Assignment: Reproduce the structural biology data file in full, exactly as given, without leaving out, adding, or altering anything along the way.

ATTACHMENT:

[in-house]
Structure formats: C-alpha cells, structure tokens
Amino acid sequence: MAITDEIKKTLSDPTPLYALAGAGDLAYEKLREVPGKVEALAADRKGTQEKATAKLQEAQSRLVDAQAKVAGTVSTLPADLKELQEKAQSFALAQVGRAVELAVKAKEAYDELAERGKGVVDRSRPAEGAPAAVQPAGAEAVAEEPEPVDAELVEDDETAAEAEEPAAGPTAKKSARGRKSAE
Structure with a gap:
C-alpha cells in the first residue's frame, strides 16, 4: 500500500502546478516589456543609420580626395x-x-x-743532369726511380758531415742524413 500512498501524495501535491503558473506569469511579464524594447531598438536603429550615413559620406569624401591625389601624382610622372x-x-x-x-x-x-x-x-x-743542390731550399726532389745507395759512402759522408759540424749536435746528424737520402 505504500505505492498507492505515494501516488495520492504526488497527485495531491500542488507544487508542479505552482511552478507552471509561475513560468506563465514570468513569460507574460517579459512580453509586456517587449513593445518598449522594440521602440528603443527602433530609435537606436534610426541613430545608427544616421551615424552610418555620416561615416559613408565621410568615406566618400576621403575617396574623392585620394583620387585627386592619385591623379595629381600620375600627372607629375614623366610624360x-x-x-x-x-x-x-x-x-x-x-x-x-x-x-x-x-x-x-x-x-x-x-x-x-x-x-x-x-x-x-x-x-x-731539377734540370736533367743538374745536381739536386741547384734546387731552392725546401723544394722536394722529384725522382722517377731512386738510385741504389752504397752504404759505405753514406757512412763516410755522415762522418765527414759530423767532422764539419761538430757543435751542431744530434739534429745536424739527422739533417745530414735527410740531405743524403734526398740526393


[in-house]
Structure formats: C-alpha cells, structure tokens
Amino acid sequence: MAITDEIKKTLSDPTPLYALAGAGDLAYEKLREVPGKVEALAADRKGTQEKATAKLQEAQSRLVDAQAKVAGTVSTLPADLKELQEKAQSFALAQVGRAVELAVKAKEAYDELAERGKGVVDRSRPAEGAPAAVQPAGAEAVAEEPEPVDAELVEDDETAAEAEEPAAGPTAKKSARGRKSAE
Structure with a gap:
C-alpha cells in the first residue's frame, strides 16, 4: 500500500502546478516589456543609420580626395x-x-x-743532369726511380758531415742524413 500512498501524495501535491503558473506569469511579464524594447531598438536603429550615413559620406569624401591625389601624382610622372x-x-x-x-x-x-x-x-x-743542390731550399726532389745507395759512402759522408759540424749536435746528424737520402 505504500505505492498507492505515494501516488495520492504526488497527485495531491500542488507544487508542479505552482511552478507552471509561475513560468506563465514570468513569460507574460517579459512580453509586456517587449513593445518598449522594440521602440528603443527602433530609435537606436534610426541613430545608427544616421551615424552610418555620416561615416559613408565621410568615406566618400576621403575617396574623392585620394583620387585627386592619385591623379595629381600620375600627372607629375614623366610624360x-x-x-x-x-x-x-x-x-x-x-x-x-x-x-x-x-x-x-x-x-x-x-x-x-x-x-x-x-x-x-x-x-x-731539377734540370736533367743538374745536381739536386741547384734546387731552392725546401723544394722536394722529384725522382722517377731512386738510385741504389752504397752504404759505405753514406757512412763516410755522415762522418765527414759530423767532422764539419761538430757543435751542431744530434739534429745536424739527422739533417745530414735527410740531405743524403734526398740526393